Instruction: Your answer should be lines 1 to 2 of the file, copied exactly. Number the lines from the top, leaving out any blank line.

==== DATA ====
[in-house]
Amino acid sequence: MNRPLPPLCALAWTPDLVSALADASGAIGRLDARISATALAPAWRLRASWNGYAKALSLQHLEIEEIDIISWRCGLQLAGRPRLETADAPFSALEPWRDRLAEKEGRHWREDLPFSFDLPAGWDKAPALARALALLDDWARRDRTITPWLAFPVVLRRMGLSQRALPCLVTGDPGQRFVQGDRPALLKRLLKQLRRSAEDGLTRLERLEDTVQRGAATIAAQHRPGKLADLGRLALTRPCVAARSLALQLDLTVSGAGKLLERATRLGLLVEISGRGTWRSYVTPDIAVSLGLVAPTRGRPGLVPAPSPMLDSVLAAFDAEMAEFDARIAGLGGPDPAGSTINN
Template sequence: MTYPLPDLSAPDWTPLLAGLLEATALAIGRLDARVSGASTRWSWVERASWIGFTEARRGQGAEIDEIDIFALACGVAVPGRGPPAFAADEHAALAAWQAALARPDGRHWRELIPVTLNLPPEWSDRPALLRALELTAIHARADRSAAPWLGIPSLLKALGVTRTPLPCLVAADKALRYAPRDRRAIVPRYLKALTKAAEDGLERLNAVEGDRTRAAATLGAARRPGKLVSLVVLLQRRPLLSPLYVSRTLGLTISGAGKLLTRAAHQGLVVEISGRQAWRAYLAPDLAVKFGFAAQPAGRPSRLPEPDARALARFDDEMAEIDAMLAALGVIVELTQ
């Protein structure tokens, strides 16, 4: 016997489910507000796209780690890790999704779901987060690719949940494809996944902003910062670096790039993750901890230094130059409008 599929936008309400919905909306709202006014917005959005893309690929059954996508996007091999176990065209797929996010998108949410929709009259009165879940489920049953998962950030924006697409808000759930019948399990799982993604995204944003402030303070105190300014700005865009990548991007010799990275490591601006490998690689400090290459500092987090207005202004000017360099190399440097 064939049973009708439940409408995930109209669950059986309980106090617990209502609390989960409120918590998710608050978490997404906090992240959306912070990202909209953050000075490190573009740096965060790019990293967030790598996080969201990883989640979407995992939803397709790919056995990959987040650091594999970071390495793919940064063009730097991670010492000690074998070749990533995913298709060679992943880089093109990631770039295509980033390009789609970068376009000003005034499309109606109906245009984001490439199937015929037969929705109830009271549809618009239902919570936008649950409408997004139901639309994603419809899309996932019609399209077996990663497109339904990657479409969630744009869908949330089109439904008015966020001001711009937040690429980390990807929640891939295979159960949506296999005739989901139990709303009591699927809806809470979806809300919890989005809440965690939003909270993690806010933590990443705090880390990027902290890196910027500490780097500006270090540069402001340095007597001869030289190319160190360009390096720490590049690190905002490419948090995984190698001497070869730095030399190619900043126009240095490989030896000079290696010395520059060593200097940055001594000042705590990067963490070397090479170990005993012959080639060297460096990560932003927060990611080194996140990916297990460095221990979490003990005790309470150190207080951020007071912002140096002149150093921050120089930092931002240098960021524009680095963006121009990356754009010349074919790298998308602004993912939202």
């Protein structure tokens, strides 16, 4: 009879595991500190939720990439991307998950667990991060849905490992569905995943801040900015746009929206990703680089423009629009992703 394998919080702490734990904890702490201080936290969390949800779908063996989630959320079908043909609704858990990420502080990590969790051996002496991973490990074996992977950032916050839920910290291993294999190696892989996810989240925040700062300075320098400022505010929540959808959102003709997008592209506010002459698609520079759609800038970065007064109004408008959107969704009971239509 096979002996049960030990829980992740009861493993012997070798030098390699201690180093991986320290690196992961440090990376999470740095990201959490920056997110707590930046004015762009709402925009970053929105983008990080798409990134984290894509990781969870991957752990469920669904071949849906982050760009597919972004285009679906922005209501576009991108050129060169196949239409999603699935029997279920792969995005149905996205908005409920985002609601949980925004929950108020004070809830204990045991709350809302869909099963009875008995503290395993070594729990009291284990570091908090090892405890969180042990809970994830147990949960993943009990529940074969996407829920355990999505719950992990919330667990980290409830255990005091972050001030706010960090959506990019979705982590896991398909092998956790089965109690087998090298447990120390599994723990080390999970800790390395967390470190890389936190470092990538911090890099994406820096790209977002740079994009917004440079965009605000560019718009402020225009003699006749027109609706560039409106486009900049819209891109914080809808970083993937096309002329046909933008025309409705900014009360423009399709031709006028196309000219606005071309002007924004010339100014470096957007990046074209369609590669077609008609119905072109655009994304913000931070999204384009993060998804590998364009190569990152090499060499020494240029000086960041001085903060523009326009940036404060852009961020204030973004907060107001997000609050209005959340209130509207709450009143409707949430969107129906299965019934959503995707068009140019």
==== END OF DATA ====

[in-house]
Amino acid sequence: MNRPLPPLCALAWTPDLVSALADASGAIGRLDARISATALAPAWRLRASWNGYAKALSLQHLEIEEIDIISWRCGLQLAGRPRLETADAPFSALEPWRDRLAEKEGRHWREDLPFSFDLPAGWDKAPALARALALLDDWARRDRTITPWLAFPVVLRRMGLSQRALPCLVTGDPGQRFVQGDRPALLKRLLKQLRRSAEDGLTRLERLEDTVQRGAATIAAQHRPGKLADLGRLALTRPCVAARSLALQLDLTVSGAGKLLERATRLGLLVEISGRGTWRSYVTPDIAVSLGLVAPTRGRPGLVPAPSPMLDSVLAAFDAEMAEFDARIAGLGGPDPAGSTINN